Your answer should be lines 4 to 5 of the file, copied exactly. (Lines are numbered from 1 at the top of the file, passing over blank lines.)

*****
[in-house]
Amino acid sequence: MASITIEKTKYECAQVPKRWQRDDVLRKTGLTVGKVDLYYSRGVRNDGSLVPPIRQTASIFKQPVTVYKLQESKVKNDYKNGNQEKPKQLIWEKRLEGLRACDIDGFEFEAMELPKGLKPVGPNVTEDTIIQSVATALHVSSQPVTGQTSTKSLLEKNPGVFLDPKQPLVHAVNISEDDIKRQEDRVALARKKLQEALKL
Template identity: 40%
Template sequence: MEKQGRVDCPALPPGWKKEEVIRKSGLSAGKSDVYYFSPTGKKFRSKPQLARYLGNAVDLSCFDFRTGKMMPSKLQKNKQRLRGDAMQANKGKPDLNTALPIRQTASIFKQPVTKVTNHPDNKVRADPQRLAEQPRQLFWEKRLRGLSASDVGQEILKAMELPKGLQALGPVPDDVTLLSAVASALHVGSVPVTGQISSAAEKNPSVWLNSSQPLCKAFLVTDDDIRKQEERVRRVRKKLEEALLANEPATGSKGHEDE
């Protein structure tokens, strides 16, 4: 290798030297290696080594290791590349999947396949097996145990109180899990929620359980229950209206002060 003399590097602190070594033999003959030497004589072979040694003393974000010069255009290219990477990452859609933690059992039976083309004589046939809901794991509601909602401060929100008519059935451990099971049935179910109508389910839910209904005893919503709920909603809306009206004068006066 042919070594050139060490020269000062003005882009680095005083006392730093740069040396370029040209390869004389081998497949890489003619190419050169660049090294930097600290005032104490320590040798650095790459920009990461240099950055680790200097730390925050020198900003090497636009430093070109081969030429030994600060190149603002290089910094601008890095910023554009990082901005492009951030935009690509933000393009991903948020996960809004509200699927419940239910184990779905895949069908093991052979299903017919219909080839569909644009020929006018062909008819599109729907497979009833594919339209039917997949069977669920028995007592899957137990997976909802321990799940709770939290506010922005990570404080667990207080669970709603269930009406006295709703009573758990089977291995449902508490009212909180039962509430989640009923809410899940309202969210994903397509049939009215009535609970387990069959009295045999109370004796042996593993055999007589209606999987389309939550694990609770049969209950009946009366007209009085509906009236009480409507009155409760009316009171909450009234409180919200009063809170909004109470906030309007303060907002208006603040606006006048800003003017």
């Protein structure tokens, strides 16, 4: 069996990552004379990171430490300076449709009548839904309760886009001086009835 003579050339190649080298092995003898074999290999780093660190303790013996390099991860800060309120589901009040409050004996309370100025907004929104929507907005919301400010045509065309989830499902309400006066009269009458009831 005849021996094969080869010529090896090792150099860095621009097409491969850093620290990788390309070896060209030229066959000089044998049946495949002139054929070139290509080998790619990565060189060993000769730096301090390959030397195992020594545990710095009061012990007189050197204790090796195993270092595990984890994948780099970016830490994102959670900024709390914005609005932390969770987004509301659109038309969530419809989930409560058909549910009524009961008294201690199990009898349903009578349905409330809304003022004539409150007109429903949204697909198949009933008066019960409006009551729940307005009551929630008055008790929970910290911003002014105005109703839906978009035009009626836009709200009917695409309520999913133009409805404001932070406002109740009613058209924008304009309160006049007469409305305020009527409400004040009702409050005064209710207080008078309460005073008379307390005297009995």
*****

Template sequence: MEKQGRVDCPALPPGWKKEEVIRKSGLSAGKSDVYYFSPTGKKFRSKPQLARYLGNAVDLSCFDFRTGKMMPSKLQKNKQRLRGDAMQANKGKPDLNTALPIRQTASIFKQPVTKVTNHPDNKVRADPQRLAEQPRQLFWEKRLRGLSASDVGQEILKAMELPKGLQALGPVPDDVTLLSAVASALHVGSVPVTGQISSAAEKNPSVWLNSSQPLCKAFLVTDDDIRKQEERVRRVRKKLEEALLANEPATGSKGHEDE
């Protein structure tokens, strides 16, 4: 290798030297290696080594290791590349999947396949097996145990109180899990929620359980229950209206002060 003399590097602190070594033999003959030497004589072979040694003393974000010069255009290219990477990452859609933690059992039976083309004589046939809901794991509601909602401060929100008519059935451990099971049935179910109508389910839910209904005893919503709920909603809306009206004068006066 042919070594050139060490020269000062003005882009680095005083006392730093740069040396370029040209390869004389081998497949890489003619190419050169660049090294930097600290005032104490320590040798650095790459920009990461240099950055680790200097730390925050020198900003090497636009430093070109081969030429030994600060190149603002290089910094601008890095910023554009990082901005492009951030935009690509933000393009991903948020996960809004509200699927419940239910184990779905895949069908093991052979299903017919219909080839569909644009020929006018062909008819599109729907497979009833594919339209039917997949069977669920028995007592899957137990997976909802321990799940709770939290506010922005990570404080667990207080669970709603269930009406006295709703009573758990089977291995449902508490009212909180039962509430989640009923809410899940309202969210994903397509049939009215009535609970387990069959009295045999109370004796042996593993055999007589209606999987389309939550694990609770049969209950009946009366007209009085509906009236009480409507009155409760009316009171909450009234409180919200009063809170909004109470906030309007303060907002208006603040606006006048800003003017």